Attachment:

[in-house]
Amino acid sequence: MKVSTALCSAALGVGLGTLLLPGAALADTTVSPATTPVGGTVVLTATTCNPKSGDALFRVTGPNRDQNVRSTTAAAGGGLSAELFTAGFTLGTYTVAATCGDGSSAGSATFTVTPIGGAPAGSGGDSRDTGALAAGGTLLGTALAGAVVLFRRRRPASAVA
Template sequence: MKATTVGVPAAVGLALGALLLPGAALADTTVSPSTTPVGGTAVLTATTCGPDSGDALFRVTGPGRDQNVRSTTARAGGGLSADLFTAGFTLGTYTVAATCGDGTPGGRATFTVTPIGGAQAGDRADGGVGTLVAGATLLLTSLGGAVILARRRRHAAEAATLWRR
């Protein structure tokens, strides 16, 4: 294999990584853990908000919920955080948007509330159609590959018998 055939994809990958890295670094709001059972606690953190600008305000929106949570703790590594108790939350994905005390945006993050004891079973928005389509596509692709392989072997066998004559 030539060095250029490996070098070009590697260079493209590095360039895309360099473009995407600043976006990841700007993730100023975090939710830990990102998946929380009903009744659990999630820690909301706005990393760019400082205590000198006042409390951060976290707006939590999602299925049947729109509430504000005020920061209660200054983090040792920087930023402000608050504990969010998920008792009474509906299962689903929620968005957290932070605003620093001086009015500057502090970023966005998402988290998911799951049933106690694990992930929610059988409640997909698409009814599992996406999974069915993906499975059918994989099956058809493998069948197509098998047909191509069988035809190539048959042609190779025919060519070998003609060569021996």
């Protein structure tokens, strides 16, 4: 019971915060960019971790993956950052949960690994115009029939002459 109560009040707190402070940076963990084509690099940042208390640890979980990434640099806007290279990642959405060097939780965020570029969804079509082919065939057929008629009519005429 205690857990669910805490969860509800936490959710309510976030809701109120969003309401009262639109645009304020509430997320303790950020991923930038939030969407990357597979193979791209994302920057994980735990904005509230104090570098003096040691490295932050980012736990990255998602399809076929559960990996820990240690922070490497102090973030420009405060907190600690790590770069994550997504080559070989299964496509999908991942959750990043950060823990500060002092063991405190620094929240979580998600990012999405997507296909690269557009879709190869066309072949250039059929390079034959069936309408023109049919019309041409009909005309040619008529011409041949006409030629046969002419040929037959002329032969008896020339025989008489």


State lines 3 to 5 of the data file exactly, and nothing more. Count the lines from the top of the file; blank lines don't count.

Template sequence: MKATTVGVPAAVGLALGALLLPGAALADTTVSPSTTPVGGTAVLTATTCGPDSGDALFRVTGPGRDQNVRSTTARAGGGLSADLFTAGFTLGTYTVAATCGDGTPGGRATFTVTPIGGAQAGDRADGGVGTLVAGATLLLTSLGGAVILARRRRHAAEAATLWRR
């Protein structure tokens, strides 16, 4: 294999990584853990908000919920955080948007509330159609590959018998 055939994809990958890295670094709001059972606690953190600008305000929106949570703790590594108790939350994905005390945006993050004891079973928005389509596509692709392989072997066998004559 030539060095250029490996070098070009590697260079493209590095360039895309360099473009995407600043976006990841700007993730100023975090939710830990990102998946929380009903009744659990999630820690909301706005990393760019400082205590000198006042409390951060976290707006939590999602299925049947729109509430504000005020920061209660200054983090040792920087930023402000608050504990969010998920008792009474509906299962689903929620968005957290932070605003620093001086009015500057502090970023966005998402988290998911799951049933106690694990992930929610059988409640997909698409009814599992996406999974069915993906499975059918994989099956058809493998069948197509098998047909191509069988035809190539048959042609190779025919060519070998003609060569021996």
């Protein structure tokens, strides 16, 4: 019971915060960019971790993956950052949960690994115009029939002459 109560009040707190402070940076963990084509690099940042208390640890979980990434640099806007290279990642959405060097939780965020570029969804079509082919065939057929008629009519005429 205690857990669910805490969860509800936490959710309510976030809701109120969003309401009262639109645009304020509430997320303790950020991923930038939030969407990357597979193979791209994302920057994980735990904005509230104090570098003096040691490295932050980012736990990255998602399809076929559960990996820990240690922070490497102090973030420009405060907190600690790590770069994550997504080559070989299964496509999908991942959750990043950060823990500060002092063991405190620094929240979580998600990012999405997507296909690269557009879709190869066309072949250039059929390079034959069936309408023109049919019309041409009909005309040619008529011409041949006409030629046969002419040929037959002329032969008896020339025989008489």